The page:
I endured the game Sunday evening between the Brewers-Cardinals as I began to write this blog. I will apologize in advance at the rambling nature of this post but such is the nature of a fan without a home. As the night progressed and the Cardinals piled atrocity on top of atrocity in their lopsided battle against Brewers pitching, I referenced my own interest in these series. Playoff baseball without the Reds struggles to hold interest for me. I love baseball but every other team that held even the slightest fascination for me are gone or in the Brewers case last night, on the way out. I am now left with the Rangers who at least have Josh Hamilton and thus become my default cheering option.
I was raised in an environment where you always cheer for you own. If the Reds lose, cheer for their noble opponent. Back in 1974 that was the Los Angeles Dodgers who were the only team in all of baseball to post a better record than the Reds, and in lieu of the Wildcard, still managed to knock them out of contention.
The Cincinnati Reds are the team of my youth and the team of my childhood, they are my first love. I was accused as a young boy of only liking championship teams as at the tender age of seven my favorite teams were the Reds in baseball and the Cowboys in football in 1972. So over the next couple of years I accumulated other teams that I liked for a variety of reasons. My best friend loved Kansas City so around 74-75 I started following a young third baseman who played with enthusiasm and grit named George Brett.
The Dodgers were the enemy in those days, Yeager, Garvey, Lopes and Lasorda. But in the end the public persona was a likeable one. This brings me to my current frustration. I do not like the Cardinals. They have a few likeable players, Pujols for all of his surly demeanor is an artist in the batters box, Jon Jay and David Freese both are appealing young talents. Adam Wainwright seems to be a genuinely good guy. Matt Holliday gets a pass because he was awesome on my fantasy team. Even Lance Berkman who has long reserved for the Reds his most fearsome abuse.
But not withstanding this fine gentlemen, their are 4 players/coaches in the Cardinals organization that for me cast the entire franchise in a bad light. I like players who lose as men, head held high, accept defeat and vow to fight another day. Never in all of my years of watching any sport has a single franchise embodied excuses and whining.
First, Yadier Molina. Of all the players I dislike he is the one that probably is least deserving but I love @DatDudeBP and Yadier really got in his face. Yes, I am petty too.
Second, Dave Duncan. If once a year he complained about the strike zone I would not even think about him. But like those that follow, Duncan is convinced he is the smartest guy in any argument and I have always been confused by the idea that a coach in the dugout has any idea where a pitch crossed the plate from that angle. Be quiet and sit down Mr. Duncan.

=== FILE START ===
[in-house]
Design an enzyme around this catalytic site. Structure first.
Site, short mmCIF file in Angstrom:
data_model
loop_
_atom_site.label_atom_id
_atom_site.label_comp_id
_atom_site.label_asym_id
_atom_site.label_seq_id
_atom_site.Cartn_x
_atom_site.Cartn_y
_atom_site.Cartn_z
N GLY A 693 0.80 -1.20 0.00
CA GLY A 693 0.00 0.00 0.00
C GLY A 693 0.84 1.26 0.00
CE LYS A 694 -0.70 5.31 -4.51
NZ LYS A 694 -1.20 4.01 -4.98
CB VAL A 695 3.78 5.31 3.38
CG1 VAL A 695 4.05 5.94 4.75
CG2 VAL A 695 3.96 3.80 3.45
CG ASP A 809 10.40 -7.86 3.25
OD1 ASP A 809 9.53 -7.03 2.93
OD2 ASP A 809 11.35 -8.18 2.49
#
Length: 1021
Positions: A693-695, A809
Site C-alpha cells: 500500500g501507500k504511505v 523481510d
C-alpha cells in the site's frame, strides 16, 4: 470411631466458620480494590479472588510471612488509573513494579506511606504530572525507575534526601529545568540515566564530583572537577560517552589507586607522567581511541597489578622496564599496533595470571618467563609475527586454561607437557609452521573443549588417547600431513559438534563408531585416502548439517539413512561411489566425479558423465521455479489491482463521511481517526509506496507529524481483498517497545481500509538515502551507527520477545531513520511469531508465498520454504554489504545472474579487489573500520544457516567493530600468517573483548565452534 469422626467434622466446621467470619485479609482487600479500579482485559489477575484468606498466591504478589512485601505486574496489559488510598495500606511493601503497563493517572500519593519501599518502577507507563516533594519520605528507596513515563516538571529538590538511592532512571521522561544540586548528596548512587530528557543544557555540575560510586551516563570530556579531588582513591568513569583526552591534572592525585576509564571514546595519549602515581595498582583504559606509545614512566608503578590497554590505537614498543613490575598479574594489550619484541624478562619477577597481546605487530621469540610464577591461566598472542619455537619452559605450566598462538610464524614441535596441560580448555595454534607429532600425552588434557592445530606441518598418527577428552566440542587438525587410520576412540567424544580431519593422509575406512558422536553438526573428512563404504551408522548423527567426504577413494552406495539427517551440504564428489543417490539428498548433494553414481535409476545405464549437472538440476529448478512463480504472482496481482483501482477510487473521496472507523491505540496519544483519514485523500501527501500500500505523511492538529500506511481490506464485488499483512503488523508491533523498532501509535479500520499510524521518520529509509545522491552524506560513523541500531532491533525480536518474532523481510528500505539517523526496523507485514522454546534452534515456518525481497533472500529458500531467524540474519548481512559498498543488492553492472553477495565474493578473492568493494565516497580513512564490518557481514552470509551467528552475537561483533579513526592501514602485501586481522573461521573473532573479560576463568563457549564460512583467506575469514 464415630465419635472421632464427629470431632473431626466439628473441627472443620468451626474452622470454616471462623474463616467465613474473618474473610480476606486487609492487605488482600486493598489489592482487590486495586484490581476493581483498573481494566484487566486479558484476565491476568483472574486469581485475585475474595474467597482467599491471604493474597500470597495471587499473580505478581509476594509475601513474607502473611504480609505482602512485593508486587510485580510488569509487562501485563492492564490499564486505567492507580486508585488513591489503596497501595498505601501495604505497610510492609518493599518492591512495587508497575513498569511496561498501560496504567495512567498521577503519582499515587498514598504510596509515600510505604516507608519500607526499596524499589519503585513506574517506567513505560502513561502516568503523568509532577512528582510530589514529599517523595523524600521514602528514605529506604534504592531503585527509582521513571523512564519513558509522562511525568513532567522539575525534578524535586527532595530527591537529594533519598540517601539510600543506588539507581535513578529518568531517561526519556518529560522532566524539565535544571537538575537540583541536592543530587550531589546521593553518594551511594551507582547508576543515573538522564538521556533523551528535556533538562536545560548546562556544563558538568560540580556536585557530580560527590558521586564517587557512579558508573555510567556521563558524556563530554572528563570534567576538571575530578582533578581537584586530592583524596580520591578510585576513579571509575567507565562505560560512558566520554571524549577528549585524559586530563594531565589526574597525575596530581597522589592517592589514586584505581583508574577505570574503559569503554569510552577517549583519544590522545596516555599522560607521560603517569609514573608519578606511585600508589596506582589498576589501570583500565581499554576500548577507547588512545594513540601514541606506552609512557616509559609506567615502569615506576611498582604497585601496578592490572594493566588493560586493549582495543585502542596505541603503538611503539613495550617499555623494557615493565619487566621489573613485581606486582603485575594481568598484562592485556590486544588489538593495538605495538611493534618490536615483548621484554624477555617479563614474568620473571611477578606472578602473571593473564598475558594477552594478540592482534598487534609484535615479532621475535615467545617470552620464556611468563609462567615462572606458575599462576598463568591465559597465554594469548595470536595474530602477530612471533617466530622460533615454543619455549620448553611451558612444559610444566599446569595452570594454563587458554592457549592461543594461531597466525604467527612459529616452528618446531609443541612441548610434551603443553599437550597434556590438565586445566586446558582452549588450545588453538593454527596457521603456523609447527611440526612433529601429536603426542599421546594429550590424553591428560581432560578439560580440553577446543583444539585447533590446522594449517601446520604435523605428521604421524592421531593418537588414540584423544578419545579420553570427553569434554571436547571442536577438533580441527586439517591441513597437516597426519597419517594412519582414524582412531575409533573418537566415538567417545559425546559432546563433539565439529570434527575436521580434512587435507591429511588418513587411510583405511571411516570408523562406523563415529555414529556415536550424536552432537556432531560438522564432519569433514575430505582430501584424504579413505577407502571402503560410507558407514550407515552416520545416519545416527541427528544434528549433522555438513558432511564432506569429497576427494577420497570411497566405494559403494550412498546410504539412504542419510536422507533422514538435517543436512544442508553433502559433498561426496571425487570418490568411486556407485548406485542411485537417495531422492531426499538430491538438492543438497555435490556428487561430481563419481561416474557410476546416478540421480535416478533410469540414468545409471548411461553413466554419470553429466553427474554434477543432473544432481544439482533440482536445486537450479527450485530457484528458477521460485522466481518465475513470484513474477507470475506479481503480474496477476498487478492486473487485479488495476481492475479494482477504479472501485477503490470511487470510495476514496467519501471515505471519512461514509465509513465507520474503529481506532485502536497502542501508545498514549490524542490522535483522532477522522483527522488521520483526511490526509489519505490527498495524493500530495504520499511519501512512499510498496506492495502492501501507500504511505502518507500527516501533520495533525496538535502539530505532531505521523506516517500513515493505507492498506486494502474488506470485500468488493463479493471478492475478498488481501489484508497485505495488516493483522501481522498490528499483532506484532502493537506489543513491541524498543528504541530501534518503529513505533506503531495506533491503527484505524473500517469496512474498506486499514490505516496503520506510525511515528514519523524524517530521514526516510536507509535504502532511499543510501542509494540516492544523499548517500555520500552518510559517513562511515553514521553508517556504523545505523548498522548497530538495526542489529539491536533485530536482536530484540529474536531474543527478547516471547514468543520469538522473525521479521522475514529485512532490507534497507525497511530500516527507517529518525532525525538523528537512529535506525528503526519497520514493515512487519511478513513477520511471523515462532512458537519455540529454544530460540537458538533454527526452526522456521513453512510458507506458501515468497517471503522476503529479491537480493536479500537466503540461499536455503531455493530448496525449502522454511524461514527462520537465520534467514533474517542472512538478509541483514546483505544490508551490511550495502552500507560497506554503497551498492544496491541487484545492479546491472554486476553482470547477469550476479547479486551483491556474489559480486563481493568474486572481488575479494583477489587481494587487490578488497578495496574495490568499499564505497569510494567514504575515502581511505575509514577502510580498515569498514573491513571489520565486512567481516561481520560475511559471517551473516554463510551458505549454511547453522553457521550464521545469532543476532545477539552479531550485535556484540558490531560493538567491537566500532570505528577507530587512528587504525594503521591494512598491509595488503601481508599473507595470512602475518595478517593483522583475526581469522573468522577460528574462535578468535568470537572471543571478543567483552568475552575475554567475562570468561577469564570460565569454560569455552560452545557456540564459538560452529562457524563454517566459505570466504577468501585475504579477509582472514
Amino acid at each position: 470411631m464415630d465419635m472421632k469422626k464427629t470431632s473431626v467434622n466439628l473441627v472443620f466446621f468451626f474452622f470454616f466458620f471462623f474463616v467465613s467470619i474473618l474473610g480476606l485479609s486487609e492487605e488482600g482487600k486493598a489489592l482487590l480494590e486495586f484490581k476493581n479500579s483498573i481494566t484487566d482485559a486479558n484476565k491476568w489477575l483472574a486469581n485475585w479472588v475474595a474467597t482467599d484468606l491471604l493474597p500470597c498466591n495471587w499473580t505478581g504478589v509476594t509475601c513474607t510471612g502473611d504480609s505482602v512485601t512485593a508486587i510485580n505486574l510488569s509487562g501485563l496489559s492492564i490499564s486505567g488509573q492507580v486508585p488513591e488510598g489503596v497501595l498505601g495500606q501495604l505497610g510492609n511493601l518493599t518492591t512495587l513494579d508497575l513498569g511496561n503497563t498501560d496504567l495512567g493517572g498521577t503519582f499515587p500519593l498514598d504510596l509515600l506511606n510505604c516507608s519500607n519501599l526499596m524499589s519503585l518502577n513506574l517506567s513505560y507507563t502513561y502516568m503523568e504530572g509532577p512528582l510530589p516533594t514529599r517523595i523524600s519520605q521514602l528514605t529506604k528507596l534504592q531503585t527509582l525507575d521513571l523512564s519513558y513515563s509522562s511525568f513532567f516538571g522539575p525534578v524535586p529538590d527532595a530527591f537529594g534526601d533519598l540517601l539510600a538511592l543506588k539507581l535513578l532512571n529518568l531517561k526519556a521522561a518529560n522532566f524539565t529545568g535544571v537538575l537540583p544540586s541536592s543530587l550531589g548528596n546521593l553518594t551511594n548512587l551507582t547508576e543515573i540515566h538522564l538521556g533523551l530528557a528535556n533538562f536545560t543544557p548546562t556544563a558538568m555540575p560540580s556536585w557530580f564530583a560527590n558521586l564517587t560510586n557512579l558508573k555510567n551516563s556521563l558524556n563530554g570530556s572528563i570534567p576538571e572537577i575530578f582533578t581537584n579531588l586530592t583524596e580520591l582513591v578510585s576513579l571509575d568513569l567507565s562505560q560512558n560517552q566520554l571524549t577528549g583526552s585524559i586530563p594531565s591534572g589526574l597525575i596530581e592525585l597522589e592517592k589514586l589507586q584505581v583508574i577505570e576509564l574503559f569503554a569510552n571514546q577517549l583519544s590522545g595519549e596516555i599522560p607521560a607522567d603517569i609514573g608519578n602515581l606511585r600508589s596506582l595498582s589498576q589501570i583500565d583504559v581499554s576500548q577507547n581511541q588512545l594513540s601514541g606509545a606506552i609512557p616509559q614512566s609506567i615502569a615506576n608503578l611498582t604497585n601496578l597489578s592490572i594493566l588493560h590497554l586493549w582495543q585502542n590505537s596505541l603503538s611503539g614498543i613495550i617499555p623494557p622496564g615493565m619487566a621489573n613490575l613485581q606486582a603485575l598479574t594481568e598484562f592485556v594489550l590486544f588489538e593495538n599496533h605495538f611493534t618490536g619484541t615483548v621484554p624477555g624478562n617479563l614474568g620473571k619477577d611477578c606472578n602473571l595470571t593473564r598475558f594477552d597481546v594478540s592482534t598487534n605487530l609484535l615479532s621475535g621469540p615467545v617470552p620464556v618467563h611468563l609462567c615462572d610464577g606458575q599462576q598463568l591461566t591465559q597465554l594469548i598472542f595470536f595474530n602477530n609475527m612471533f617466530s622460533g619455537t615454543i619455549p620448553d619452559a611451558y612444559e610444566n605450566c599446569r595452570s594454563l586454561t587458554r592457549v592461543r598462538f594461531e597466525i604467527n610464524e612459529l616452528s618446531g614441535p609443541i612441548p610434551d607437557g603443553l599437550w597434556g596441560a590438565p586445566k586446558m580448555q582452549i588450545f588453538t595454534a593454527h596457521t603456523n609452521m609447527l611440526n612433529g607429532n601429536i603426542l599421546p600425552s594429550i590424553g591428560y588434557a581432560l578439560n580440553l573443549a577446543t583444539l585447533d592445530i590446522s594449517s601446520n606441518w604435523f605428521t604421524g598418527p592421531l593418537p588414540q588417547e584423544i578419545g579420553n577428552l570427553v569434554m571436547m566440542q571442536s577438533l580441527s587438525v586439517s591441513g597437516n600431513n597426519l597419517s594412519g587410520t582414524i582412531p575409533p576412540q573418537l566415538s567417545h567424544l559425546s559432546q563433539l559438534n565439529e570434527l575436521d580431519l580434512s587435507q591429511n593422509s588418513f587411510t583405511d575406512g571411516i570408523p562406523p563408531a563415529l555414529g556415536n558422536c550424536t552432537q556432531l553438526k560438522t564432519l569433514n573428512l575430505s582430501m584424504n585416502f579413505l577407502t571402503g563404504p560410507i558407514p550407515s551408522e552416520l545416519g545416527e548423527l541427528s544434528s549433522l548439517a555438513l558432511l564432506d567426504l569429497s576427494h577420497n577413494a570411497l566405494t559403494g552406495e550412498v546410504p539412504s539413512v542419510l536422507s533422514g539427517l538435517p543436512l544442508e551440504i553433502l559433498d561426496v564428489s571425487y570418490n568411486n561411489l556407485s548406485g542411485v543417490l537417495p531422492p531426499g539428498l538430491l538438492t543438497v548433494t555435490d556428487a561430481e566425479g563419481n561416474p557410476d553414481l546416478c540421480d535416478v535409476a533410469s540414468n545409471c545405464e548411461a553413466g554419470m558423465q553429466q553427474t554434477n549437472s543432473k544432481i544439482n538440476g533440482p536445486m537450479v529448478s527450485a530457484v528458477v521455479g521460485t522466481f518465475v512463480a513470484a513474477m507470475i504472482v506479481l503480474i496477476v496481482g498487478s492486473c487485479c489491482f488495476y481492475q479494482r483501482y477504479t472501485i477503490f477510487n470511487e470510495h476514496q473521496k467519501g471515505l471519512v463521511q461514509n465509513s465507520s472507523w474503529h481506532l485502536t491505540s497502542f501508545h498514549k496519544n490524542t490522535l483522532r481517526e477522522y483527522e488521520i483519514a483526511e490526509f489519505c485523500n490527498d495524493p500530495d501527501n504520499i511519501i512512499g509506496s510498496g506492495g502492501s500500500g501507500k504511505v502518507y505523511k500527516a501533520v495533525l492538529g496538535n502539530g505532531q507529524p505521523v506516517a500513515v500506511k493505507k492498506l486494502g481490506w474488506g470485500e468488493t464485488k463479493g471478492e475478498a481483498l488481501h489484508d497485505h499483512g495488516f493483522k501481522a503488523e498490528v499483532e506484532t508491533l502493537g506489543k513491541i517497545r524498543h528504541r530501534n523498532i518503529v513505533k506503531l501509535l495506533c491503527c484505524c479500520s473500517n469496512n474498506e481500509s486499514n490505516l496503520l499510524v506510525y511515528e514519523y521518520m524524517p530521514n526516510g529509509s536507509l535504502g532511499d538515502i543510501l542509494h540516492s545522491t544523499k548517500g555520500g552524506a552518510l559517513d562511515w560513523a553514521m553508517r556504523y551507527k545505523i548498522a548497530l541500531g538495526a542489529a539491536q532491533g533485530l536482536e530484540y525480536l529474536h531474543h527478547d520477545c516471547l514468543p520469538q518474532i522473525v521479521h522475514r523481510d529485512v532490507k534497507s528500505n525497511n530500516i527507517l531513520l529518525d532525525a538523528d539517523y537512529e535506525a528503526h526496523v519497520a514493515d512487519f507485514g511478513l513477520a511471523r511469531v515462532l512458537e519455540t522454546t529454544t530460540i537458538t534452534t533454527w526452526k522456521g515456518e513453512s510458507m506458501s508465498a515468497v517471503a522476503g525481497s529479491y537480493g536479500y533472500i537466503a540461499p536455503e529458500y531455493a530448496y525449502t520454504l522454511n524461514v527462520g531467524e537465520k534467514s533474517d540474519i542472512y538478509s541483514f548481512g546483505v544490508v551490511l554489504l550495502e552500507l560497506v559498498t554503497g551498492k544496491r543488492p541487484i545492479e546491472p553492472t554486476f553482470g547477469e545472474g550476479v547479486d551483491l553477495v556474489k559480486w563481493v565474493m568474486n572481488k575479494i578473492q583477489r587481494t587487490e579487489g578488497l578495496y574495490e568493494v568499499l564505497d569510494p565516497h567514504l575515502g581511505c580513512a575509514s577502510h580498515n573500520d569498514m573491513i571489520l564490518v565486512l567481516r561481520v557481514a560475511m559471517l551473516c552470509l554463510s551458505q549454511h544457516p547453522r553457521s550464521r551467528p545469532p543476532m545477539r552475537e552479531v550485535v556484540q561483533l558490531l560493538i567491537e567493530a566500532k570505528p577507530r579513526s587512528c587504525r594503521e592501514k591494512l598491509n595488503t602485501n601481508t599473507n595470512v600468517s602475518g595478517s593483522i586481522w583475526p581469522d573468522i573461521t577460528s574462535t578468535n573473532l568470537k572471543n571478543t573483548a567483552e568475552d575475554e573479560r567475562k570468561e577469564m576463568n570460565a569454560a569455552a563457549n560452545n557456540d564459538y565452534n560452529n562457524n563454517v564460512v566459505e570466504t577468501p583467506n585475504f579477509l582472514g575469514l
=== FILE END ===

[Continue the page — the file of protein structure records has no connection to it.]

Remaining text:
Third, Chris Carpenter. A friend of mine on Twitter calls him Chris Crypenter for obvious reasons. Never in my years of watching the game has their been a more insufferable pitcher. I loved Bob Gibson, the stories of Don Drysdale mesmerize me, Steve Carlton abused the Reds but was an master at his craft. Carpenter is a talented pitcher with excellent stamina. But does it help his game to constantly moan? All it does for me is provide a headache.
And finally there is the ringleader of this clown circus. Tony LaRussa. I have never heard LaRussa congratulate a victorious opponent since he was quoted following the 1990 Reds sweep of his Oakland A’s “It was almost enjoyable to see.” I have never heard him claim responsibility for a mistake. Maybe he has but I have not been witness to it. There is a line between righteous competitor and crybaby and in my mind TLR crosses it most every day in recent years.
LaRussa accomplished what I thought impossible this year he took a team with an anemic bullpen, and an even weaker defense and taken them to the World Series. I did not think it possible but I tip my cap at the accomplishment…And pray the Rangers sweep them in 4!
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PS: An old friend of mine, who suffered the unenviable distinction of being my teammate on a little league team that defined bad, mailed me a copy of Joe Posnanski’s book “The Machine”. To Matt I salute you and yours in South Dakota and I offer my thanks. Memories of our childhood diamond dreams still echo in our minds, and the memories of the Big Red Machine are those that a 10 year old could never forget…